WASHINGTON (Dec. 29, 2016) — Filings for U.S. unemployment benefits fell for a third week in the last four, showing a resilient labor market.
Jobless claims declined by 10,000 to 265,000 in the week ended Dec. 24 from a six-month high in the prior period, a Labor Department report showed. The number of applications matched the Bloomberg survey's median forecast. Claims were estimated for nine states and Puerto Rico.
The data tend to fluctuate around the year-end holidays, while the trend reveals managers' reluctance to fire workers as demand remains steady and the pool of available labor dwindles. Filings have been below 300,000 for 95 straight weeks — the longest streak since 1970 and a level economists say is typical for a healthy labor market.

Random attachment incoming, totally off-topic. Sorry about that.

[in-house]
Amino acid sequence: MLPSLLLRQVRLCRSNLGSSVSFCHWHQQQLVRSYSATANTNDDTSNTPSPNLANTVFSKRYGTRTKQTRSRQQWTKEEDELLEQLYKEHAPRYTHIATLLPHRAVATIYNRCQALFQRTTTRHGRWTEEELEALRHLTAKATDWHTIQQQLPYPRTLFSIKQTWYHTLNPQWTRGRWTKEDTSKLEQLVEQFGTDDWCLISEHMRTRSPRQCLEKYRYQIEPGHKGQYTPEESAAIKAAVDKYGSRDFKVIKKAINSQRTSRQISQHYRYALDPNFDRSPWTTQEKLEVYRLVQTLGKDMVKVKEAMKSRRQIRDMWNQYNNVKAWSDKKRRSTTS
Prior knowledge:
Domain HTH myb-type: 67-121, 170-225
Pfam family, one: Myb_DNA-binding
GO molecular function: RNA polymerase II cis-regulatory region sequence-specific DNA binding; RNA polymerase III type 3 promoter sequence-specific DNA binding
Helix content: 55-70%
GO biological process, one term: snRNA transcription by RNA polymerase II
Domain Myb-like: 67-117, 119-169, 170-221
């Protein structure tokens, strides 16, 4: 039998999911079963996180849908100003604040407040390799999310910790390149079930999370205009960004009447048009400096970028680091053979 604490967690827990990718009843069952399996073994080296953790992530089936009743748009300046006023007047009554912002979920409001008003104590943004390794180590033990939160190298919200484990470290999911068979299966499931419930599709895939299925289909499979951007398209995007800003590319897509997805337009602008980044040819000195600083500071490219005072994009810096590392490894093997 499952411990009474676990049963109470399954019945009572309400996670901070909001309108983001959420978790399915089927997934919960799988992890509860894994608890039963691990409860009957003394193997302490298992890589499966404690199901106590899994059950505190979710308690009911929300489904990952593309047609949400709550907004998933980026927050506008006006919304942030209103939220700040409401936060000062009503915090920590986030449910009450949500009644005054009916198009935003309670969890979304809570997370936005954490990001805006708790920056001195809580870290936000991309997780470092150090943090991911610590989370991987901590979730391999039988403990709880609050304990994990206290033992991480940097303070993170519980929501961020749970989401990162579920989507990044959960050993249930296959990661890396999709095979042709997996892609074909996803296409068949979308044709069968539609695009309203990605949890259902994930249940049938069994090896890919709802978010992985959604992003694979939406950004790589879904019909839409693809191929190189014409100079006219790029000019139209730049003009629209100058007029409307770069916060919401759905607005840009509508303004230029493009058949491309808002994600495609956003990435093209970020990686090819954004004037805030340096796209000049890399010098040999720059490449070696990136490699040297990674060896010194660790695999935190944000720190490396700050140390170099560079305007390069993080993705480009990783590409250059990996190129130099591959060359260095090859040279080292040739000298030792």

Estimates in the Bloomberg survey ranged from 250,000 to 275,000.
While there was nothing unusual in the data, Ohio, Tennessee and Massachusetts were among states whose applications were estimated in the week leading up to the Christmas holiday, according to the Labor Department.
The four-week average of claims, a less-volatile measure than the weekly figure, fell to 263,000 from 263,750 the prior week.
The number of people continuing to receive jobless benefits climbed by 63,000 to 2.1 million in the week ended Dec. 17, the highest since Sept. 10. The unemployment rate among people eligible for benefits held steady at 1.5 percent. These data are reported with a one-week lag.